The claims that Hani Muhammad Mujahid makes cannot be verified. What he said about his time as a foot soldier for al-Qaeda in Afghanistan and Waziristan "tracks" with what a former director of counter-terrorism for the CIA knew at the time. But no one can confirm the claim itself. But neither can they ignore it.
American counter-terrorism officials had higher hopes for Yemen's stability -- until now. Yemen's descent into a gory failed state poses a clear and present danger to Europe, the U.S. and the West.
Although recent efforts made by the Saudi government to raise billions of dollars geared toward the development of Yemen is a welcome sign, there is little assurance that these funds will in fact stabilize the situation and save the country from itself, unless the money is delivered and invested wisely.
Qat-chewing is considered a national pastime in Yemen as more than half of the adult male population and one-fourth of the adult female population consume it regularly.
At first glance, the new president of Yemen doesn't seem too different from his predecessor, having spent the past 17 years of his life answering to the beck and call of Ali Abdullah Saleh.
The recent decision of the US government to admit the embattled President of Yemen, Ali Abdullah Saleh, to the country for medical treatment presents a classic human rights conundrum.
Yemeni President Ali Abdullah Saleh signed an agreement last week to transfer power to his vice president. It's unlikely, though, that a piece of paper will bring a peaceful transition to this beleaguered Arabian Peninsula state.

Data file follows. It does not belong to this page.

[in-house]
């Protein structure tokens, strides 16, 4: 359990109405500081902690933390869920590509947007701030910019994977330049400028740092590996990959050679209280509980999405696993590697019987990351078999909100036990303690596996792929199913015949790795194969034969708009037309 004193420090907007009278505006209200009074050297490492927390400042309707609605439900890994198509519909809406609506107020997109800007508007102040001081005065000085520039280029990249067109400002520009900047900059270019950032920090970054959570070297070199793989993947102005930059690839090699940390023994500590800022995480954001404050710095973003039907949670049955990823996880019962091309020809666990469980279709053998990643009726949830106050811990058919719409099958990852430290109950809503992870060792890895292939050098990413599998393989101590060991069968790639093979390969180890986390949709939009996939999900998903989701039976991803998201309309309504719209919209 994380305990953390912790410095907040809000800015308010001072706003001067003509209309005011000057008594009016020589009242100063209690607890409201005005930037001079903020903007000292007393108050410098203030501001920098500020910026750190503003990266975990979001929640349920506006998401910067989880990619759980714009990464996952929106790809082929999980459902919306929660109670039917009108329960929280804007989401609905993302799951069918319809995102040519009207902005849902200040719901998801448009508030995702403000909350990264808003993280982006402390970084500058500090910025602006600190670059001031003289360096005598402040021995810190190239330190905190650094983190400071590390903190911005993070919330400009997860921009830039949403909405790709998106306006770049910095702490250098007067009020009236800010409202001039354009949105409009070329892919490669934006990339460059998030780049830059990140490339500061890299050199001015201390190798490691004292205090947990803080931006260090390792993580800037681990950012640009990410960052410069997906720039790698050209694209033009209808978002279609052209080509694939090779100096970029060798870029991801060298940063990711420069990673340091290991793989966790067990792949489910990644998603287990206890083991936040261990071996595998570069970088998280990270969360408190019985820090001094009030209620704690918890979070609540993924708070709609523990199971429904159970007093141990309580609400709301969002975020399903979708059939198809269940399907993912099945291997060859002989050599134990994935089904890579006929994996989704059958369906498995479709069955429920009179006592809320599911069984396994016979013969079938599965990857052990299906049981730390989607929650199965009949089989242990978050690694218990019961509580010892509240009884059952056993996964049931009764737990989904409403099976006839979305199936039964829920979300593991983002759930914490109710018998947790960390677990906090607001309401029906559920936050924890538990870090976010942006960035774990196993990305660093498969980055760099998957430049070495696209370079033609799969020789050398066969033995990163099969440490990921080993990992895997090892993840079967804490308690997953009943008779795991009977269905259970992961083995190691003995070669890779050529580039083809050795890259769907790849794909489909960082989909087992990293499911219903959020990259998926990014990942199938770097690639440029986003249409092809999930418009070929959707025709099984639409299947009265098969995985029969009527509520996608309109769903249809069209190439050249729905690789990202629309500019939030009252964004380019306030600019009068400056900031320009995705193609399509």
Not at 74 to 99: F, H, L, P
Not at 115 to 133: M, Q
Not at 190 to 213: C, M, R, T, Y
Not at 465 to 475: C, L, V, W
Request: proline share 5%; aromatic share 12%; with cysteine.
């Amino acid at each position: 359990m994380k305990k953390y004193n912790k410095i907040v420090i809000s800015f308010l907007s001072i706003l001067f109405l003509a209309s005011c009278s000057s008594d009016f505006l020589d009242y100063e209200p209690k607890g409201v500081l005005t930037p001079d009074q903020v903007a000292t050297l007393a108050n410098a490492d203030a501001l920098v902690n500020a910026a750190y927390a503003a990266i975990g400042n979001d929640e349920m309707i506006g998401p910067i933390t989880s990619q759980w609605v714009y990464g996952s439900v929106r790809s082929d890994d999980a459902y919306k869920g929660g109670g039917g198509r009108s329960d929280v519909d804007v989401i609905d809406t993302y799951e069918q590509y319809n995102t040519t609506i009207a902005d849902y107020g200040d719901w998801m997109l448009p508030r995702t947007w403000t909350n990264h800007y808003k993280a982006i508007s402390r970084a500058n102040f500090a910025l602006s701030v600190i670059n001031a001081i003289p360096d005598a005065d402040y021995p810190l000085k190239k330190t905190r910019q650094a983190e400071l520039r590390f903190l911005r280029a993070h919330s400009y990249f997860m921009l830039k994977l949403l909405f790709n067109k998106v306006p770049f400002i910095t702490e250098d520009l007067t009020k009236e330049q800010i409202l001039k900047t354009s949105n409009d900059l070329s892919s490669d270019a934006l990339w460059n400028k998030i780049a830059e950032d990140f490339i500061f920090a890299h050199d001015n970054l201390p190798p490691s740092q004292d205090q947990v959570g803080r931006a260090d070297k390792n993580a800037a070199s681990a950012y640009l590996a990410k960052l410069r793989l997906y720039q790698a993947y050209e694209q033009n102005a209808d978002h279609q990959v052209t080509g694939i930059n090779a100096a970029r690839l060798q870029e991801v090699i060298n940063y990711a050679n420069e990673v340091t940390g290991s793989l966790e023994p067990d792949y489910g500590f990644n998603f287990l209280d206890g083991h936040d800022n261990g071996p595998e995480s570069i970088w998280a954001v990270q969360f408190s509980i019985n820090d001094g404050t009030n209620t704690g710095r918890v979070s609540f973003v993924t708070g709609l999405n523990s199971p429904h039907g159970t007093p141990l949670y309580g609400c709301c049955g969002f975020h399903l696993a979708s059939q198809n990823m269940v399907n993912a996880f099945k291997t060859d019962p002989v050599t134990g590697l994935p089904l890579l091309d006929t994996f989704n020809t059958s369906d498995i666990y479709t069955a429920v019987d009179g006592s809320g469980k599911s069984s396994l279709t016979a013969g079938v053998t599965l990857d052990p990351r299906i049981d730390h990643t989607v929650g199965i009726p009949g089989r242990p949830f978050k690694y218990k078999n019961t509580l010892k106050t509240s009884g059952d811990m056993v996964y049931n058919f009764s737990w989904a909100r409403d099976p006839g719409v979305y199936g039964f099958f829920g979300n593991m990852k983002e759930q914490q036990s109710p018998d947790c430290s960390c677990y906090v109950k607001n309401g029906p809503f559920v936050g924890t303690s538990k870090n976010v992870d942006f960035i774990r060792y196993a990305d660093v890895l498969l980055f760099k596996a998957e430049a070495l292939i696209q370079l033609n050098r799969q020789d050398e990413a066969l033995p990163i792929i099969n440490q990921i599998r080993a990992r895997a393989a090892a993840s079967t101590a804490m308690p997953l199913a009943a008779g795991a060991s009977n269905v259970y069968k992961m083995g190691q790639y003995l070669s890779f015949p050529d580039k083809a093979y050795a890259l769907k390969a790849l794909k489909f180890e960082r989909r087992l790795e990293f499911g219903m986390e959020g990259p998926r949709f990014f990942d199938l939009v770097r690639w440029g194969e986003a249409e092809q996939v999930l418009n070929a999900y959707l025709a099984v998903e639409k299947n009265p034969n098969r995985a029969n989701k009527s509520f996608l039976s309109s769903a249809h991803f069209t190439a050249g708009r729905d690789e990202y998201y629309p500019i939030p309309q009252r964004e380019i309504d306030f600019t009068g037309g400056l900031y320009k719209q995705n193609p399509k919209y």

What matters most is early participation in shaping the destiny of the Arabs, so as for the Arabs not to fall into a cycle of organized, creative or random chaos.
It might seem a strange time for all this terrorism talk to resurface. Osama bin Laden is dead, and his cohort in Pakistan is beleaguered. But "terrorism" is a flexible term, and Africa is a big place.
The Arab Spring would not have been possible without Al Jazeera.
It's time for the United States to recognize that the future of the Middle East is not in the hands of aging autocrats like Saleh or even traditional elite oppositionists, but in civil society.
I spoke with April Longley Alley, Crisis Group's Senior Arabian Peninsula Analyst, about the latest developments in Yemen and what should happen to ensure that the protest movement yields genuine change.
I spoke with April Longley Alley, Crisis Group Senior Analyst for the Arabian Peninsula, about Yemen's political scene and what comes next for the country, with or without Saleh.
The disappearance of drinking water, corruption, terrifying mosque speeches -- these elements have not yet produced the systems failure everyone knows is coming -- but they have certainly ratcheted up the tension.
Brooks concludes that Huntington's "mistakes illustrate useful truths: that all people share certain aspirations and that history is wide open." I know, just from having lived eighty years, that all people do not share certain aspirations.
Arab youth are demonstrating against their old authoritarian regimes in masses for the first time in recent history. Murmurs abound that Mubarak's regime is in its final throes, and repeatedly cracking down on protest are signs of the beginning of the end.